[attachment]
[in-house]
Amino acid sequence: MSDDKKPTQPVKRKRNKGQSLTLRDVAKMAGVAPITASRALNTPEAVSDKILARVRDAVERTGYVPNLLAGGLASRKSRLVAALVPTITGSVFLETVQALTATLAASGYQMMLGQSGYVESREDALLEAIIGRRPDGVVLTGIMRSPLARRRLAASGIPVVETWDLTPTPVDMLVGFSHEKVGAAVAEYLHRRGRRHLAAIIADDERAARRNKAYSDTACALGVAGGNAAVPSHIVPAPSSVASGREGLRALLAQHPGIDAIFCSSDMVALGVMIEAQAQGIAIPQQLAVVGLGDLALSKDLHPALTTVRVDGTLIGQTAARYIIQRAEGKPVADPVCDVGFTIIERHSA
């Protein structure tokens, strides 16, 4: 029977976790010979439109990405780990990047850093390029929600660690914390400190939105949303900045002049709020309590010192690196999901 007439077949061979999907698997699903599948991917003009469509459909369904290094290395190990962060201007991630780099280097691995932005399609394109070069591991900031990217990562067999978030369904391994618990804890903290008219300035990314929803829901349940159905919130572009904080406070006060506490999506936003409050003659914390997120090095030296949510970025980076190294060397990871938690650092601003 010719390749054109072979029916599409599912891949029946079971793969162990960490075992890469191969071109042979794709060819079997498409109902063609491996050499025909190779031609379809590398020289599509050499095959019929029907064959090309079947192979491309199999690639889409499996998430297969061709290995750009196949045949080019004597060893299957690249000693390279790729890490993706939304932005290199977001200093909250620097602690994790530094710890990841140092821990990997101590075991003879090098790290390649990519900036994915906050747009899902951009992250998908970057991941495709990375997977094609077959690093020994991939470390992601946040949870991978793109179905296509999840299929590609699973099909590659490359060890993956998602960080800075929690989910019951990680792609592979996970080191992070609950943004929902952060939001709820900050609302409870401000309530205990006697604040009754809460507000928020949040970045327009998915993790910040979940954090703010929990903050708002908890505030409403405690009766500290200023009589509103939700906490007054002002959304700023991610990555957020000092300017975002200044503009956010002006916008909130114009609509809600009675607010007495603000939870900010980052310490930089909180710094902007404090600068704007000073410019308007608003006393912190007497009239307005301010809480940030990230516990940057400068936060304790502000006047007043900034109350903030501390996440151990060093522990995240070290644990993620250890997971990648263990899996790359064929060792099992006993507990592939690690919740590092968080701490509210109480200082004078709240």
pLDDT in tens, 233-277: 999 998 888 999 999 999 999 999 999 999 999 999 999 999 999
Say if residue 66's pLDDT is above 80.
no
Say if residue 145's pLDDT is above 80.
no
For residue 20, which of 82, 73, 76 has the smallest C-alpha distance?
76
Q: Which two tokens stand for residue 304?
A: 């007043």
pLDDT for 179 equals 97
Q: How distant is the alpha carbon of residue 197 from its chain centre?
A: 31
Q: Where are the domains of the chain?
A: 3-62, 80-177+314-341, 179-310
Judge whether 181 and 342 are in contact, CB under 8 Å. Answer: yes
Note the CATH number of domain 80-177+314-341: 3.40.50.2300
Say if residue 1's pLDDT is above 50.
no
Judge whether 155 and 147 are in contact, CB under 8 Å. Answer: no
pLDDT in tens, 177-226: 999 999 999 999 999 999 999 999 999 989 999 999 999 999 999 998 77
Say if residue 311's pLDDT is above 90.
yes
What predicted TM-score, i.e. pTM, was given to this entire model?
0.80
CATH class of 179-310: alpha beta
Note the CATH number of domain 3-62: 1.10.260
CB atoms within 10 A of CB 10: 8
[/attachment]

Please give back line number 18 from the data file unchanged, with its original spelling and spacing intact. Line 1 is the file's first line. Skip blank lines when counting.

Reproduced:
Judge whether 181 and 342 are in contact, CB under 8 Å. Answer: yes